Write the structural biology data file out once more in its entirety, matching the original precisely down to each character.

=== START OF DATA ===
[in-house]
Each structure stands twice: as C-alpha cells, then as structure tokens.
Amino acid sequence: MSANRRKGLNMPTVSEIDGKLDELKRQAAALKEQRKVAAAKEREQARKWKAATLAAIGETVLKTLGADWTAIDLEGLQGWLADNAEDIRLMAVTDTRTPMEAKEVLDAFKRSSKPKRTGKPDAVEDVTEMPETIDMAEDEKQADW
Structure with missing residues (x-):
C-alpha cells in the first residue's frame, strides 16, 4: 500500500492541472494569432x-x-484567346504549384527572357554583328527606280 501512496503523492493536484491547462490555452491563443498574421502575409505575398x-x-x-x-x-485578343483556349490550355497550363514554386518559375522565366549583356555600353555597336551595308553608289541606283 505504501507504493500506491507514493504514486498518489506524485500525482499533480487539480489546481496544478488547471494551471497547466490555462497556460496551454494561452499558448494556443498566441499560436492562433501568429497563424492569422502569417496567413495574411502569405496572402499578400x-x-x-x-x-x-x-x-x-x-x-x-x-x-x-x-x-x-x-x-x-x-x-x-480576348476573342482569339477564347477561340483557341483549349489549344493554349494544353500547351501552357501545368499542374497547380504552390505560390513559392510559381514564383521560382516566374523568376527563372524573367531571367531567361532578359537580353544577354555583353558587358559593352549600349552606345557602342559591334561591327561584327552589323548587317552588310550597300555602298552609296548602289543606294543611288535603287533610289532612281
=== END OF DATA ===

[in-house]
Each structure stands twice: as C-alpha cells, then as structure tokens.
Amino acid sequence: MSANRRKGLNMPTVSEIDGKLDELKRQAAALKEQRKVAAAKEREQARKWKAATLAAIGETVLKTLGADWTAIDLEGLQGWLADNAEDIRLMAVTDTRTPMEAKEVLDAFKRSSKPKRTGKPDAVEDVTEMPETIDMAEDEKQADW
Structure with missing residues (x-):
C-alpha cells in the first residue's frame, strides 16, 4: 500500500492541472494569432x-x-484567346504549384527572357554583328527606280 501512496503523492493536484491547462490555452491563443498574421502575409505575398x-x-x-x-x-485578343483556349490550355497550363514554386518559375522565366549583356555600353555597336551595308553608289541606283 505504501507504493500506491507514493504514486498518489506524485500525482499533480487539480489546481496544478488547471494551471497547466490555462497556460496551454494561452499558448494556443498566441499560436492562433501568429497563424492569422502569417496567413495574411502569405496572402499578400x-x-x-x-x-x-x-x-x-x-x-x-x-x-x-x-x-x-x-x-x-x-x-x-480576348476573342482569339477564347477561340483557341483549349489549344493554349494544353500547351501552357501545368499542374497547380504552390505560390513559392510559381514564383521560382516566374523568376527563372524573367531571367531567361532578359537580353544577354555583353558587358559593352549600349552606345557602342559591334561591327561584327552589323548587317552588310550597300555602298552609296548602289543606294543611288535603287533610289532612281